Roku looks to help brands reach consumers before they move to ad-free streaming with new show
Roku is launching a new show called “Roku Recommends,” the first effort out of its new brand studio, giving advertisers the opportunity to reach viewers before they ever move into an ad-free environment.
The show is a proving ground for Roku’s recent acquisitions and capabilities, like its brand studio and its Measurement Partner Program, which helps advertisers better measure ad performance. It is aimed at helping brands adapt to a consumer trend towards online streaming.
"Roku Recommends" is a TV Guide of sorts, surfacing content for streaming viewers who often find themselves on an endless search and highlighting content that's trending.
Walmart will be the show's debut sponsor, and Roku says it has other brands signed on as sponsors.
“[The show] does two things,” says Chris Bruss, head of Brand Studio, Roku. “It solves a problem for our users of ‘oh my god, what to watch.’ It also works as a silver bullet for our advertisers—at least you’re able to capture their attention before they move to an SVOD service.”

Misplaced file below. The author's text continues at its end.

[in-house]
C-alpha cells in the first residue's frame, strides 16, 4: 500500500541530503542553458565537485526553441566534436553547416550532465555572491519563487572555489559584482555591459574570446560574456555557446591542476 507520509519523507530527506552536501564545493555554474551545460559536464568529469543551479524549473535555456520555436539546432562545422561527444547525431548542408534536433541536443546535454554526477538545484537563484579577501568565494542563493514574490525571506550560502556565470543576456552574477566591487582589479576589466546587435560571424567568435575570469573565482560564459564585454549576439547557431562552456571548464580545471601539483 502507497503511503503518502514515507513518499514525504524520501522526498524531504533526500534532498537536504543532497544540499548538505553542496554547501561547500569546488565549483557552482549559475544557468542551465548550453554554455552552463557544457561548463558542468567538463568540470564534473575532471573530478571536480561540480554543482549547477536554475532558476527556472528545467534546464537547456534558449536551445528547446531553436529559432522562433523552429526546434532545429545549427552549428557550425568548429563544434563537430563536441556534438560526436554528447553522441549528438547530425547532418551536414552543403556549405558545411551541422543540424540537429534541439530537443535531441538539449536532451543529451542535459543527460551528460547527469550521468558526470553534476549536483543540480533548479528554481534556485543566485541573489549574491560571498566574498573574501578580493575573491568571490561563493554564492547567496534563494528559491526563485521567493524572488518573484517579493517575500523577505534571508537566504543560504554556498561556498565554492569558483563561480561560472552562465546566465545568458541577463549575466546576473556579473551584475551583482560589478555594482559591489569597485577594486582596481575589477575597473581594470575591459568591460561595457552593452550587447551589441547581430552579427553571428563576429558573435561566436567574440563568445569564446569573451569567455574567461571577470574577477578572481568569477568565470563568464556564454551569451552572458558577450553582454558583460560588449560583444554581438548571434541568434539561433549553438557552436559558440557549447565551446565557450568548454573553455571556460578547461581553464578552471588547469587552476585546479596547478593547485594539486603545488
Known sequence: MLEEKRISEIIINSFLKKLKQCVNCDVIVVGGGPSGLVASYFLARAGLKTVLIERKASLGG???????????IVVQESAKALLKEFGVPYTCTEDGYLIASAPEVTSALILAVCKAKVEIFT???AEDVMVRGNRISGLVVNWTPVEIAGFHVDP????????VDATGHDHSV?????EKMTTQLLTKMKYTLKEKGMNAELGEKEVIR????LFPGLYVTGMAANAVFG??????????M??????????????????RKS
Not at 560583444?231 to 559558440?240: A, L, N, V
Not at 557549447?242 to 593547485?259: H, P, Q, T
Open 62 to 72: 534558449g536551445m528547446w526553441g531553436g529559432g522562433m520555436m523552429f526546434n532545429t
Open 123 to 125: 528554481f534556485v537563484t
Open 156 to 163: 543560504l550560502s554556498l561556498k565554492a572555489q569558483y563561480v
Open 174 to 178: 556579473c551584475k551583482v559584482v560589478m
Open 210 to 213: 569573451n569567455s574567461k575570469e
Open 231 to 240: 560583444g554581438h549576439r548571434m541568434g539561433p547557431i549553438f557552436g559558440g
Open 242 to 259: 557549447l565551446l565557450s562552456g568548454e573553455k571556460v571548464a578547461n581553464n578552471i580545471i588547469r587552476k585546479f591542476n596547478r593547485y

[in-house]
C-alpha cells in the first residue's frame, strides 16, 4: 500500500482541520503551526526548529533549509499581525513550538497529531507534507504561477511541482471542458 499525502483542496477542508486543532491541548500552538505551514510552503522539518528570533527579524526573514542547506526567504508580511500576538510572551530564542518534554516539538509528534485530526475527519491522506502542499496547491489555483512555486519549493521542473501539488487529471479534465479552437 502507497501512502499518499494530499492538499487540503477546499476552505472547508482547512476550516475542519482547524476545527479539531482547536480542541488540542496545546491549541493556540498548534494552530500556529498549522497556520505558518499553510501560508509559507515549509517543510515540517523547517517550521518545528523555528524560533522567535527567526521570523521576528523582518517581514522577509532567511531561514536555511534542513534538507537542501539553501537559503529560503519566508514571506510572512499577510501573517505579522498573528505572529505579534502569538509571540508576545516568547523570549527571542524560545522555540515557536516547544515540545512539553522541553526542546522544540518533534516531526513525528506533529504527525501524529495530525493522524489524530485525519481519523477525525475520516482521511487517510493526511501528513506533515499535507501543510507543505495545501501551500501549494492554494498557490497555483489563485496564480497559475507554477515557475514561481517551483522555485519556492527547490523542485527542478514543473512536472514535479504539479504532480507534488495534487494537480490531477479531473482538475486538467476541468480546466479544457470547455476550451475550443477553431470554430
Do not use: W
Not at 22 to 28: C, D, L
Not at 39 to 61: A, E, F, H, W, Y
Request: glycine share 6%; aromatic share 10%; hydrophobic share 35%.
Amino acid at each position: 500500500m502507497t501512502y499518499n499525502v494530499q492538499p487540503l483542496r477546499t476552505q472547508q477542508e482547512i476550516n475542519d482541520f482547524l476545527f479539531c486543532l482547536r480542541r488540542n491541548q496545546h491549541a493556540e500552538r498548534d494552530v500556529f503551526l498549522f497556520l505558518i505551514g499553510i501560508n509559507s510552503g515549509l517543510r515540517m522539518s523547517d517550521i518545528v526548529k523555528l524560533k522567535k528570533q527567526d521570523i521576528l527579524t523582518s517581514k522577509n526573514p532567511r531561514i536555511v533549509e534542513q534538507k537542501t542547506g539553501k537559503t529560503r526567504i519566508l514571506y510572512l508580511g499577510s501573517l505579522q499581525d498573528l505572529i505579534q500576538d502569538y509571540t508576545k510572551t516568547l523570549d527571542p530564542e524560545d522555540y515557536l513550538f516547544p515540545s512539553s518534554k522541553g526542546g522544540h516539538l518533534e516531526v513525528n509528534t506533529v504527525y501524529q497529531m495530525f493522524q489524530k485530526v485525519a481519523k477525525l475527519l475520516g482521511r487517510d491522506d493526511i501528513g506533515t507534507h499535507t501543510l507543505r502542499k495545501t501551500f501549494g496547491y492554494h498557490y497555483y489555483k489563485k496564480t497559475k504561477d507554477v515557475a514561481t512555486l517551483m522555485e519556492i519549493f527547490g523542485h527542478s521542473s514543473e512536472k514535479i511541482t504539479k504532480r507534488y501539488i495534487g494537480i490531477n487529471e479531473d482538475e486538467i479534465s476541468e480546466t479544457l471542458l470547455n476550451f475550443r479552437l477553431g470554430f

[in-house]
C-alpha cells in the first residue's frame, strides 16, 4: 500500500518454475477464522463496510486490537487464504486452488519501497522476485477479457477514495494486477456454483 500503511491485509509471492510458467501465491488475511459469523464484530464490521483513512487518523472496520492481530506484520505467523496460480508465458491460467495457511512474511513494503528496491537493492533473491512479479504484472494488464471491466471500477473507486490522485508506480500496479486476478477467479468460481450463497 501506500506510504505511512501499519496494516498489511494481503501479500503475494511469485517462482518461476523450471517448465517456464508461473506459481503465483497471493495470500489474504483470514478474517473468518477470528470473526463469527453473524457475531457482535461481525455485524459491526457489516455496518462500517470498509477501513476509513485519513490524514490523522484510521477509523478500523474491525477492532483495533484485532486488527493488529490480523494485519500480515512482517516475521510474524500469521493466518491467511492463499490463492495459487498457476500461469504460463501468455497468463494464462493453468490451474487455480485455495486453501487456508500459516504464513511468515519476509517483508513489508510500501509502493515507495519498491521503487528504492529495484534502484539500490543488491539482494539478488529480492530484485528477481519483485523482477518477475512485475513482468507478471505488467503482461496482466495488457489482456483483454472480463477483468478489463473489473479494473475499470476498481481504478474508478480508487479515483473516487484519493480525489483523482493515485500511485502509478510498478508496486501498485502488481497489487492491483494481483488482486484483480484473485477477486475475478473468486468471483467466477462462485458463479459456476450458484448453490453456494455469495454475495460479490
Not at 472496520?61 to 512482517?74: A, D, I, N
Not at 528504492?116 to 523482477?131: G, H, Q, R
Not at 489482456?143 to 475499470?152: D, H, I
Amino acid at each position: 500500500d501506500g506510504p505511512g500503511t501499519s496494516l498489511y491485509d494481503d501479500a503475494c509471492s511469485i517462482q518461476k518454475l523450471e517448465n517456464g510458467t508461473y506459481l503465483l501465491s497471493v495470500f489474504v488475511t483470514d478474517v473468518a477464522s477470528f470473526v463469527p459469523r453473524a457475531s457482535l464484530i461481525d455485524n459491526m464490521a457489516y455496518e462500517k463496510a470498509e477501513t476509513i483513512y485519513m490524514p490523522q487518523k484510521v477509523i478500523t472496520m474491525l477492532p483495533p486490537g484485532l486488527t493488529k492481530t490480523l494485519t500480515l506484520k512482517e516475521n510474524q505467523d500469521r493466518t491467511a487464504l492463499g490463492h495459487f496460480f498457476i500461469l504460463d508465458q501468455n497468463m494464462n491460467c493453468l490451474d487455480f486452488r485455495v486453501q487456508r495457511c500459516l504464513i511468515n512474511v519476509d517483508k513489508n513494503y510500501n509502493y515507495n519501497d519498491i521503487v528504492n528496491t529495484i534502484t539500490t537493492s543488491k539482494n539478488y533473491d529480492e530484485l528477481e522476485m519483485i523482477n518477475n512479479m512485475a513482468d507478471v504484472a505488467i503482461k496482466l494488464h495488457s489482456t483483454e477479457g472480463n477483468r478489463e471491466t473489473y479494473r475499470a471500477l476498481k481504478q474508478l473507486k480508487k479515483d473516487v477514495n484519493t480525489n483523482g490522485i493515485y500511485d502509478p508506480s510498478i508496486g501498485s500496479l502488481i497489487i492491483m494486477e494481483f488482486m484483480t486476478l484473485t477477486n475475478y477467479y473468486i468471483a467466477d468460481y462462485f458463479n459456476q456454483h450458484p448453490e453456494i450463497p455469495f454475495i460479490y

The show will feature branded segments like one called “child-proof locks” that will be brand-safe for kids, and custom integrations where hosts will take a break and talk about a brand or product as if it were a video podcast.
The show will also be the first to use the Roku Measurement Partner Program, which relies on ad measurement companies like Adjust and Kantar to help advertisers determine the reach and impact of their campaigns. Back in March, Roku bought Nielsen’s Advanced Video Advertising business to strengthen its measurements business. The deal included a long-term agreement to use Nielsen's Digital Ad Ratings in Roku's OneView programmatic platform. With the Partner Program, Roku says advertisers can track metrics like reach over various platforms and campaign outcomes.
The show’s new ad formats reflect demand for ads that are more native to streaming, programmatic, and yes, more like digital advertising, instead of simply re-using the same creative from linear television. For Roku, it also helps highlight their recently expanded library of original content, much of it coming from its acquisition of now-defunct mobile streaming service Quibi.